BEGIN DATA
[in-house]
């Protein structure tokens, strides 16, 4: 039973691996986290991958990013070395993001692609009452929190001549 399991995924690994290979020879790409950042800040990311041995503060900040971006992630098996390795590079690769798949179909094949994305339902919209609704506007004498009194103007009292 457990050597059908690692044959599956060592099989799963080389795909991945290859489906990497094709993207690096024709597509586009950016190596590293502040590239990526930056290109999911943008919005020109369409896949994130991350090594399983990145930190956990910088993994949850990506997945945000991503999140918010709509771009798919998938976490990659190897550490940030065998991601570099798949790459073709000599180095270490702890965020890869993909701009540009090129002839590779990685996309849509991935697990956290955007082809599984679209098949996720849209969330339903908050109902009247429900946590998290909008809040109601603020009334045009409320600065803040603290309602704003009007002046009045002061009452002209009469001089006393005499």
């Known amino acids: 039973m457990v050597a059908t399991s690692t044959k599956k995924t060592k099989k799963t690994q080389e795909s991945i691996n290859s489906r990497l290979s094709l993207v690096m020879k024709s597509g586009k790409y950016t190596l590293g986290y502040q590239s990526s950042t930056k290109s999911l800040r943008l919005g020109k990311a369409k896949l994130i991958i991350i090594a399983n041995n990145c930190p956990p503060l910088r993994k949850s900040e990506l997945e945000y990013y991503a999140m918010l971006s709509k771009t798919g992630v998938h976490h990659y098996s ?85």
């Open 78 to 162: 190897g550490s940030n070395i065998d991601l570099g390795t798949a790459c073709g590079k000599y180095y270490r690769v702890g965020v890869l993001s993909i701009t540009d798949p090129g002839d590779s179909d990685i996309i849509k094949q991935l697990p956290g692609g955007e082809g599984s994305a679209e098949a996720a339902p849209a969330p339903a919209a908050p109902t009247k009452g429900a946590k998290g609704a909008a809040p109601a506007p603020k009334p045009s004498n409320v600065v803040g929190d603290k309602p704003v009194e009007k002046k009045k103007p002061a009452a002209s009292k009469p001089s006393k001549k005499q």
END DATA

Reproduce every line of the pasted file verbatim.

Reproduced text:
[in-house]
């Protein structure tokens, strides 16, 4: 039973691996986290991958990013070395993001692609009452929190001549 399991995924690994290979020879790409950042800040990311041995503060900040971006992630098996390795590079690769798949179909094949994305339902919209609704506007004498009194103007009292 457990050597059908690692044959599956060592099989799963080389795909991945290859489906990497094709993207690096024709597509586009950016190596590293502040590239990526930056290109999911943008919005020109369409896949994130991350090594399983990145930190956990910088993994949850990506997945945000991503999140918010709509771009798919998938976490990659190897550490940030065998991601570099798949790459073709000599180095270490702890965020890869993909701009540009090129002839590779990685996309849509991935697990956290955007082809599984679209098949996720849209969330339903908050109902009247429900946590998290909008809040109601603020009334045009409320600065803040603290309602704003009007002046009045002061009452002209009469001089006393005499």
């Known amino acids: 039973m457990v050597a059908t399991s690692t044959k599956k995924t060592k099989k799963t690994q080389e795909s991945i691996n290859s489906r990497l290979s094709l993207v690096m020879k024709s597509g586009k790409y950016t190596l590293g986290y502040q590239s990526s950042t930056k290109s999911l800040r943008l919005g020109k990311a369409k896949l994130i991958i991350i090594a399983n041995n990145c930190p956990p503060l910088r993994k949850s900040e990506l997945e945000y990013y991503a999140m918010l971006s709509k771009t798919g992630v998938h976490h990659y098996s ?85």
């Open 78 to 162: 190897g550490s940030n070395i065998d991601l570099g390795t798949a790459c073709g590079k000599y180095y270490r690769v702890g965020v890869l993001s993909i701009t540009d798949p090129g002839d590779s179909d990685i996309i849509k094949q991935l697990p956290g692609g955007e082809g599984s994305a679209e098949a996720a339902p849209a969330p339903a919209a908050p109902t009247k009452g429900a946590k998290g609704a909008a809040p109601a506007p603020k009334p045009s004498n409320v600065v803040g929190d603290k309602p704003v009194e009007k002046k009045k103007p002061a009452a002209s009292k009469p001089s006393k001549k005499q």